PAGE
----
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Taiwan becomes first Asian nation to legalise same-sex marriage

3 min read

Better Society
Source: Pixabay

Lawmakers in Taiwan approve bill legalising same-sex marriage in landmark decision, making the self-ruled island the first place in Asia to pass gay marriage legislation.

Same-sex marriage gets the go ahead after court rules Taiwan’s existing law unconstitutional

Taiwan’s landmark vote comes almost two years after the island’s Constitutional Court ruled that the existing law—which stated marriage was between a man and a woman—was unconstitutional. The panel of judges gave the island’s parliament two years to amend or enact new laws. On Friday—just a week off the two-year deadline—lawmakers in Taiwan’s Legislative Yuan passed a bill making same-sex marriage a reality. It will come into effect on May 24.

On Friday Taiwan became the first place in Asia to legalise same-sex marriage Lawmakers passed the bill by 66 votes to 27, meaning that as of next week same-sex couples will be afforded the same legal rights as heterosexual couples. The news sparked massive celebrations outside the Parliament in the capital Taipei. Source: YouTube/France24English

Friday’s decision has been a long time in the making

Despite the self-governed island of Taiwan having a large gay community, and its annual gay pride parade being the biggest in Asia, the issue of marriage equality has bitterly divided Taiwanese society. 

In a controversial referendum in November of last year, 67% voted to reject same-sex marriage.

In recent months conservative groups have campaigned against same-sex marriage reform, pushing for a law that would see gay marriages redefined as something closer to same-sex unions.

Tens of thousands of people turned out in the pouring rain on Friday to demonstrate in favour of same-sex marriage outside the parliament, as lawmakers began voting on three draft bills, one tabled by the island’s Cabinet—which would ultimately prove successful—and two watered-down rival bills tabled by conservative groups.

The successful Cabinet bill was the only one to use the word "marriage." It was backed by LGBTQ groups, despite the fact it could still see same-sex couples denied rights afforded to heterosexual couples, such as adoption and cross-national marriage.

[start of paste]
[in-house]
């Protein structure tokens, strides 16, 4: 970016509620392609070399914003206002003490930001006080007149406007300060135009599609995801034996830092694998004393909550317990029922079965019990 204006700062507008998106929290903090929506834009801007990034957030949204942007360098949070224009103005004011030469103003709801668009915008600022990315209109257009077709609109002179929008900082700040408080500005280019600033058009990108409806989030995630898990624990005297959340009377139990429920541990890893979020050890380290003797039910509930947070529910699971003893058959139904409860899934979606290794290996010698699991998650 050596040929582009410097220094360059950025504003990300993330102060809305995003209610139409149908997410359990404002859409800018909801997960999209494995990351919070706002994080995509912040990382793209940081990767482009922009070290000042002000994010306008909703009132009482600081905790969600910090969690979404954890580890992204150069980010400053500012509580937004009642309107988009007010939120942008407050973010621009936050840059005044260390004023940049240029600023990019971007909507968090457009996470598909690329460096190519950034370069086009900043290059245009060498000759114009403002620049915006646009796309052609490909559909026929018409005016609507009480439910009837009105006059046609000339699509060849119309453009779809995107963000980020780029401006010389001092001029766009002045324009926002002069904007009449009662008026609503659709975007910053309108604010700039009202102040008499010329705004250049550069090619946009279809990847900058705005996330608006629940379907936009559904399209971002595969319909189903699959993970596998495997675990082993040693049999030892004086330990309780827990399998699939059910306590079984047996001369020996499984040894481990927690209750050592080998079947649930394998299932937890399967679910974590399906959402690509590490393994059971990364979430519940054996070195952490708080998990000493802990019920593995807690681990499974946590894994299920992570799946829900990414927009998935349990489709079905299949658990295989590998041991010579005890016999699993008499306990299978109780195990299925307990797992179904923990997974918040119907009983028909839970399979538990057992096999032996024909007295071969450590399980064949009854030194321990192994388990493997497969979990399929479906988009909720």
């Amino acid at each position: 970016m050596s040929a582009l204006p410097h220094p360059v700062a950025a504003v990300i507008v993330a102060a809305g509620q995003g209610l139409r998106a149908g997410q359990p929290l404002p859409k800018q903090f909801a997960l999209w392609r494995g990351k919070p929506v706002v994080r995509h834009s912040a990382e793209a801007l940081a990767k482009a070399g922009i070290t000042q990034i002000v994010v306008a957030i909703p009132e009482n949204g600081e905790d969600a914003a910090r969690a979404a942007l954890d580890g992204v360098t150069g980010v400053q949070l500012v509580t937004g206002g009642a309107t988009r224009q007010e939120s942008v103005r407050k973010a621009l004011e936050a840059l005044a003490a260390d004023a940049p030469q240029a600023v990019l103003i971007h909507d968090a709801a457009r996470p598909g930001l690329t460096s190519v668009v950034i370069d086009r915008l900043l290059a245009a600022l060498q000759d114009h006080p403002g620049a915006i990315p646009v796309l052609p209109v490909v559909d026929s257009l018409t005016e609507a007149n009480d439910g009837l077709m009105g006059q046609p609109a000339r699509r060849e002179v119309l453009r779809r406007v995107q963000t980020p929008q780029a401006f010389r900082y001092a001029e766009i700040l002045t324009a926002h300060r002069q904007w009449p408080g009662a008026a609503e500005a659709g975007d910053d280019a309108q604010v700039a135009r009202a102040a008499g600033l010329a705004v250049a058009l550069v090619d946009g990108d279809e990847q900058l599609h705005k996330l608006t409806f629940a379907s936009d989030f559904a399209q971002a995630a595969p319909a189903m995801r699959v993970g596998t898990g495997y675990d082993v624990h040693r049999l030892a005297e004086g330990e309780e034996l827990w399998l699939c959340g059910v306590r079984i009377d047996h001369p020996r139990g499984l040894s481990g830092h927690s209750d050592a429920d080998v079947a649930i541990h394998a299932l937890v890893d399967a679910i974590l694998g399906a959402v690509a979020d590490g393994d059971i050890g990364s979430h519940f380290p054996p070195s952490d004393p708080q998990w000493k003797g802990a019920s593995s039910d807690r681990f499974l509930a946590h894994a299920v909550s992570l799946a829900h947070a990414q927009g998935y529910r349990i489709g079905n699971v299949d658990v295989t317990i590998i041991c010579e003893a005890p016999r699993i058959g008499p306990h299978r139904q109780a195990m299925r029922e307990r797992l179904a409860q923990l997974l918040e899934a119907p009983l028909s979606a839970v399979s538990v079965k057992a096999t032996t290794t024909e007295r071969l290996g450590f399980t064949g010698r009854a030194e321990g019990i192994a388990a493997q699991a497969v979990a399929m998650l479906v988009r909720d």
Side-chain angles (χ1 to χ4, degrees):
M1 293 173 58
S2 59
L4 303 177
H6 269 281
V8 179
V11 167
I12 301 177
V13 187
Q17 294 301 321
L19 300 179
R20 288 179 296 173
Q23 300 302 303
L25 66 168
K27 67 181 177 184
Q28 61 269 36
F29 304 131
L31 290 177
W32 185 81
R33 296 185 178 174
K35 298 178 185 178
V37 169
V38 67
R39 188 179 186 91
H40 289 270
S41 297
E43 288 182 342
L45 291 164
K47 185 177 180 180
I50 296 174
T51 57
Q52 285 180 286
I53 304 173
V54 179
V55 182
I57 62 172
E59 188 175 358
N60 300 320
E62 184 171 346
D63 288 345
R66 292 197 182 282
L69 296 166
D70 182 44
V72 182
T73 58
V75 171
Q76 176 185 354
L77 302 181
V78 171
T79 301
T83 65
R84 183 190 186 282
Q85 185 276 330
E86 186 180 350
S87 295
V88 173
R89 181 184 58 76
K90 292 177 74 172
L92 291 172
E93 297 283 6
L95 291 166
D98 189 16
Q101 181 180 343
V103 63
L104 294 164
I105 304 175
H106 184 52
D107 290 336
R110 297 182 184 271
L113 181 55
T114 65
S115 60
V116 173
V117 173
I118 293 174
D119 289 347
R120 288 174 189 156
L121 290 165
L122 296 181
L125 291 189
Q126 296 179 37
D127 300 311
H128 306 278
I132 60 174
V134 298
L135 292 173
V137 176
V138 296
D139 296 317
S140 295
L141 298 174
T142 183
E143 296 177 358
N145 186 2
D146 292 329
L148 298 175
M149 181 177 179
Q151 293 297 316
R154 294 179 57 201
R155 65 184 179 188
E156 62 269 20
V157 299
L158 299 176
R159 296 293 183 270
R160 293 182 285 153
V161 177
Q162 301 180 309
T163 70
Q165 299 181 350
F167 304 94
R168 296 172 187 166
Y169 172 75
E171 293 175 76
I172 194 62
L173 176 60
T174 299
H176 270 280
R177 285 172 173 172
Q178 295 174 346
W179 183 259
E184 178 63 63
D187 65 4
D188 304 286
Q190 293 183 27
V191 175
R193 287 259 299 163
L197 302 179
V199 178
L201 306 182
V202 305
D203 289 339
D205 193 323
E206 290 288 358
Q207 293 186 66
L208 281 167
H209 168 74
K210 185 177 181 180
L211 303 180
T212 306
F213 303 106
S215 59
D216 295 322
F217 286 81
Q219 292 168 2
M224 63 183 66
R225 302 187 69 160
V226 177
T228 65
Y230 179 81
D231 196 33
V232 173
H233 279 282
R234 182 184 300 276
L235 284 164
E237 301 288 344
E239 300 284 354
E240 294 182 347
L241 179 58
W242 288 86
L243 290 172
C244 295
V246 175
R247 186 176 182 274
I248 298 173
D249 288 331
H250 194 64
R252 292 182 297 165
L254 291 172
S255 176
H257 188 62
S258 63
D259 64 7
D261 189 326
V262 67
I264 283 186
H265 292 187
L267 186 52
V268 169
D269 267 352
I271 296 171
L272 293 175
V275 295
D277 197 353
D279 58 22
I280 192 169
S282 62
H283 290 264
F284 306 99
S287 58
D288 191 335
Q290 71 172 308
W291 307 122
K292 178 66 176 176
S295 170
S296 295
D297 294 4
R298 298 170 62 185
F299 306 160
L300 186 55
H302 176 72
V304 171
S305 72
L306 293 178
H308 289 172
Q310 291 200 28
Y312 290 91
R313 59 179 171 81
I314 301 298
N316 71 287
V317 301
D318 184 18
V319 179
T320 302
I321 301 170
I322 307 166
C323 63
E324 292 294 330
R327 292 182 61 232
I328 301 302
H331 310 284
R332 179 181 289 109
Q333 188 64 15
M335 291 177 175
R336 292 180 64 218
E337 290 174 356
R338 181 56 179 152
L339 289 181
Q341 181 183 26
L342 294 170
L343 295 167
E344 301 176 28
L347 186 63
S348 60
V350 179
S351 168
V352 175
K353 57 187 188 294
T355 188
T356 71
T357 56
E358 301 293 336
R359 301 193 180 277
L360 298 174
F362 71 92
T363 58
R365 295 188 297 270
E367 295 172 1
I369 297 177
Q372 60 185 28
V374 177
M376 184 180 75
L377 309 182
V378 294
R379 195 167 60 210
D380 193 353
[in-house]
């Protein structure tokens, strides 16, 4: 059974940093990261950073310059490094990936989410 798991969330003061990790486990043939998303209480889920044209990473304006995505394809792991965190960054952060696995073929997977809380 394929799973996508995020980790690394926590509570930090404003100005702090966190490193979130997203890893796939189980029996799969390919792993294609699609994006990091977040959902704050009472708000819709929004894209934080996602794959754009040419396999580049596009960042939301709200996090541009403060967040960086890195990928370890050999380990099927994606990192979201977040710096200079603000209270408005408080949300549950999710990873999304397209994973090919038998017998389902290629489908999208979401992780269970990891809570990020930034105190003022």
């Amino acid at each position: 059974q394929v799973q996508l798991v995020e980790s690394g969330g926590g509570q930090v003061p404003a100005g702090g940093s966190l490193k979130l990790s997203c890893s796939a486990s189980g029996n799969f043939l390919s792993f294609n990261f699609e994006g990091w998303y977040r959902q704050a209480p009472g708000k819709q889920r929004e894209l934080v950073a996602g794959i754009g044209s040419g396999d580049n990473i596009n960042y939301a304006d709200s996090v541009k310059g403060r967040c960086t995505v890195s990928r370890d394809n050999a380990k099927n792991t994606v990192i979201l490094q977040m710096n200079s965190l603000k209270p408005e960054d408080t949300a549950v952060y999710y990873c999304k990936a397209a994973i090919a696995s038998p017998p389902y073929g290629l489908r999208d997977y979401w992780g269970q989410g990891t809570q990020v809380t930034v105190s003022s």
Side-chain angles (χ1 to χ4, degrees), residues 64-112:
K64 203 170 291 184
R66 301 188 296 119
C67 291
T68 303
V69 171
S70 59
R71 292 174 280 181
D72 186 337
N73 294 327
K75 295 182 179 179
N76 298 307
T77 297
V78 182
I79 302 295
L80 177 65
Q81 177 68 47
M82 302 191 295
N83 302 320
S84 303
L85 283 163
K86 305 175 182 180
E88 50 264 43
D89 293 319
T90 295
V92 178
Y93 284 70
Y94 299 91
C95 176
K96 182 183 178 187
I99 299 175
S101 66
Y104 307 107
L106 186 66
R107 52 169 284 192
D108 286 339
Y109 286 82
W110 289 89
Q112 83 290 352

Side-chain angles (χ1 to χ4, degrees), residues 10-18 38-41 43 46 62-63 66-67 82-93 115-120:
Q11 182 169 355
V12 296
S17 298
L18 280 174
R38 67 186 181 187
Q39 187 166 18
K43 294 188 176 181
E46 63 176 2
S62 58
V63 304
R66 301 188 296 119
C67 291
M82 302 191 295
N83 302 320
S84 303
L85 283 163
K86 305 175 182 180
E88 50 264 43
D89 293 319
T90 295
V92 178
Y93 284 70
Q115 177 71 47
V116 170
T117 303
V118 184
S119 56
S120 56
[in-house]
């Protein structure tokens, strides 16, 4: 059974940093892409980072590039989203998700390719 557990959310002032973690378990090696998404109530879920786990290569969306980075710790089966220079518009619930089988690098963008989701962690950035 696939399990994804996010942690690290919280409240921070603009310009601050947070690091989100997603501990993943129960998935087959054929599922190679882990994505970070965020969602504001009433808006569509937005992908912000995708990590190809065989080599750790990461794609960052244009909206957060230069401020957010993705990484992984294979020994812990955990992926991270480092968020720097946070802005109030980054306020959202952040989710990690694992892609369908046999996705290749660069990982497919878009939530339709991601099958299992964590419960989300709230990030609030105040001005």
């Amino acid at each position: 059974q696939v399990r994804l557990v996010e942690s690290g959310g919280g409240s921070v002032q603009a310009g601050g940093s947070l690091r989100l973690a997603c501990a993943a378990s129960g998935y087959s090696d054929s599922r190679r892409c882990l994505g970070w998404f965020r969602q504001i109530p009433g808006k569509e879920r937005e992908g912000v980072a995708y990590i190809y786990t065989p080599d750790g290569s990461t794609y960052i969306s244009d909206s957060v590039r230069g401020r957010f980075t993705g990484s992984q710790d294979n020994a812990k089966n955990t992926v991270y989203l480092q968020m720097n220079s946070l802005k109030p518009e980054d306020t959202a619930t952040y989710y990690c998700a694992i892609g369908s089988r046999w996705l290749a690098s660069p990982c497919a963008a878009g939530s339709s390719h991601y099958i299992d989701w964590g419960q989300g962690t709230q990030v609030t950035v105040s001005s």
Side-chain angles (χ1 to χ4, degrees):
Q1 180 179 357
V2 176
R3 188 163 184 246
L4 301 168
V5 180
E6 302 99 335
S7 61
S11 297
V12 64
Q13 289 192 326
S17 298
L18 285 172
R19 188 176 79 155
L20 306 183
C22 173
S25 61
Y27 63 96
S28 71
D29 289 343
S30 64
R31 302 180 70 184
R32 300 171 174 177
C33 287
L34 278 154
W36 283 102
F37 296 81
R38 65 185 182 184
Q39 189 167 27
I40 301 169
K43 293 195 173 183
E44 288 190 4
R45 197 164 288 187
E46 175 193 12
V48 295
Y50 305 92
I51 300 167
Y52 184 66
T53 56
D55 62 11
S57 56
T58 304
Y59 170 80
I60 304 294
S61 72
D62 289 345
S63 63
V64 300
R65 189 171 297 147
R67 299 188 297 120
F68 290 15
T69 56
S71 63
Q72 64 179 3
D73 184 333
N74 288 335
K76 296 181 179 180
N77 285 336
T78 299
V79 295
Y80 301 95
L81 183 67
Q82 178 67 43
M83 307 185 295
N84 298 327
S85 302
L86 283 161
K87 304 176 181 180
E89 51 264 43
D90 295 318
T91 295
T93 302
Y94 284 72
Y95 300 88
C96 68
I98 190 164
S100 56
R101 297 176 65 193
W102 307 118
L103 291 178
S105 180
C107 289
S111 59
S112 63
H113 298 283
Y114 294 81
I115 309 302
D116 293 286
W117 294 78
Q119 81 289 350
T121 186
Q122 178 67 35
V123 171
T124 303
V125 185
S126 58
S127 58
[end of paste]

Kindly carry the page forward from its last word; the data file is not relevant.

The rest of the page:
Friday’s decision has been a long time in the making. In 2015, veteran gay rights activist Chi Chia-wei—who has spent 30 years fighting for marriage equality— filed a request to the Constitutional Court asking for a ruling on an article in the island’s civil code stating that marriage is between a man and a woman.

The Taipei city government filed a similar request the same year after three same-sex couples lodged an administrative lawsuit against the government when their marriage registrations were rejected.

In 2017, the court ruled the law violated the constitution, and lawmakers were given a two-year deadline, but reached a deadlock. Taiwan’s gay marriage opponents seized the opportunity to put forward a referendum asking voters whether they agreed with same-sex marriage.

Source: CNN

A growing number of governments around the world are considering whether to grant legal recognition to same-sex marriages. So far, more than two dozen countries have enacted national laws allowing gays and lesbians to marry, mostly in Europe and the Americas.
Countries where same-sex marriage and civil unions are recognised A growing number of governments around the world are considering whether to grant legal recognition to same-sex marriages. So far, more than two dozen countries have enacted national laws allowing gays and lesbians to marry, mostly in Europe and the Americas. Source:

LGBTQ rights in Asia today

Taiwan’s vote sets it apart from other parts of Asia where LGBTQ rights have regressed.

In mainland China, where homosexuality is legal but prejudices and discrimination against LGBT people persist under Communist Party rule, an author of same-sex erotic fiction was jailed for 10 years in November.

In April, the ruler of the small, oil-rich kingdom of Brunei announced he would introduce death by stoning for those convicted of gay sex. However, Sultan Hassanal Bolkiah has since said the death penalty will not be imposed, although he did not repeal the law.

In Indonesia, declining secularism has led to deepening discrimination against the country’s gay, lesbian and transgender communities. Last year, two men accused of being gay received 87 lashes for gay sex in the country’s conservative Aceh province.

More than two dozen countries around the world allow gay marriage, according to Pew Research Center.

Source: CNN-Edition

How Taiwan became the most LGBT-friendly country in Asia As far as Asian countries go, Taiwan is not very big. It is home to about 23 million people, compared to 127 million in Japan, and 1.4 billion in China. Even so, every autumn Taiwan hosts the largest gay pride parade in Asia. This year, more than 130,000 people showed up to march. Source: YouTube/Quartz
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